When Amazon pushed back its annual Prime Days e-commerce sales event from the summer to Oct. 13-14, big box competitors were faced with a decision: counter the online behemoth’s signature event that generated more than $7 billion in sales last year with competing discounts, or wait until November’s Black Friday, the industry’s traditional retail event the day after Thanksgiving.
They’re doing both.
Big box chains such as Target, Walmart and Best Best Buy are launching Black Friday-type discounts this week on select big-ticket consumer electronics, toys, clothing and gaming items in an effort to lure consumers with contactless retail, including curbside delivery of both in-store and e-commerce transactions in the COVID-19 era.
Target is bowing “Deal Days,” and Best Buy is offering early access to select Black Friday deals during the same Prime Days period. Walmart, which recently launched its own retail subscription program to compete with the Prime membership, began its “Big Save Event” on Oct. 11 (at 7 p.m. ET) through Oct. 15.
Walmart is offering 21% Off JVC 32-inch class HD Roku Smart LED televisions, 32% of Samsung Smart Watches, $100 Off Beats Solo Pro Wireless headsets, 24% Off Roku Streaming Stick.
Best Buy is marketing a 70-inch Samsung 4K HD Smart TV for $529.99. It will also sell laptop computers priced at $119.99 as part of the early sale.
“This will be a holiday season like no other, and we want to help our customers shop how, where and when they want,” Best Buy spokesman Keegan Shoutz told USA Today. “This year, that means helping them start their shopping early, by starting our Black Friday deals earlier than ever before.”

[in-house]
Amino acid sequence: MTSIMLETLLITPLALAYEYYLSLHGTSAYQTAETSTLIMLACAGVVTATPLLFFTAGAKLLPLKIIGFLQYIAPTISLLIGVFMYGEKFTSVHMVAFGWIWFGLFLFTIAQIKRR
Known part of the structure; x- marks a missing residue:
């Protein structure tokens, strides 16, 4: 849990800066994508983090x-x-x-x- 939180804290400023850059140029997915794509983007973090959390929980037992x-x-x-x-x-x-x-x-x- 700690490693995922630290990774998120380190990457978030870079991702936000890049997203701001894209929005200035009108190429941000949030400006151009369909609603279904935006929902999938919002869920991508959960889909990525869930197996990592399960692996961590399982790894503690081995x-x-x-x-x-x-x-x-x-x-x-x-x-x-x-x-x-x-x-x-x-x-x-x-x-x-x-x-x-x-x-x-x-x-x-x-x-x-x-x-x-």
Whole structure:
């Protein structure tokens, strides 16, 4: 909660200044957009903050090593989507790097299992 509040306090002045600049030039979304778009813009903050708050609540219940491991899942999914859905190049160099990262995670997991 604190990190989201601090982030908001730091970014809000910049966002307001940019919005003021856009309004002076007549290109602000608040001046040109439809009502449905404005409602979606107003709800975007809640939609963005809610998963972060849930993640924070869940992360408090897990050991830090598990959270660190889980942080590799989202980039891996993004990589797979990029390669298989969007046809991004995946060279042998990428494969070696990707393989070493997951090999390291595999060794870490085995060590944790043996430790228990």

Target said it would offer deals on “hundreds of thousands of items across its electronics, toys, beauty, and home departments,” including offering contactless drive-up and order pickup on many items. Indeed, fast-forwarding Black Friday discounts enables chains to promote their enhanced safety protocols while minimizing the traditional long lines and crowded malls in November.
“There are so many unknown variables this year,” Tyson Cornell, head of the U.S. consumer markets group at PwC, told The Washington Post. “By kicking off sales in October, [retailers] are hoping to spread consumer traffic and demand over the next few months, helping them maintain social distancing in stores, consistently move inventory and adjust their strategies based on early consumer demand.”
James Zahn, senior editor of trade magazine Toy Insider, said the stampede mentality of the past, with doorbusters sales and Black Friday deals every weekend, is being replaced by earlier, season-long discounts.
“We’re in a health crisis, so retailers are having to rethink how they get products into families’ hands,” Zahn said.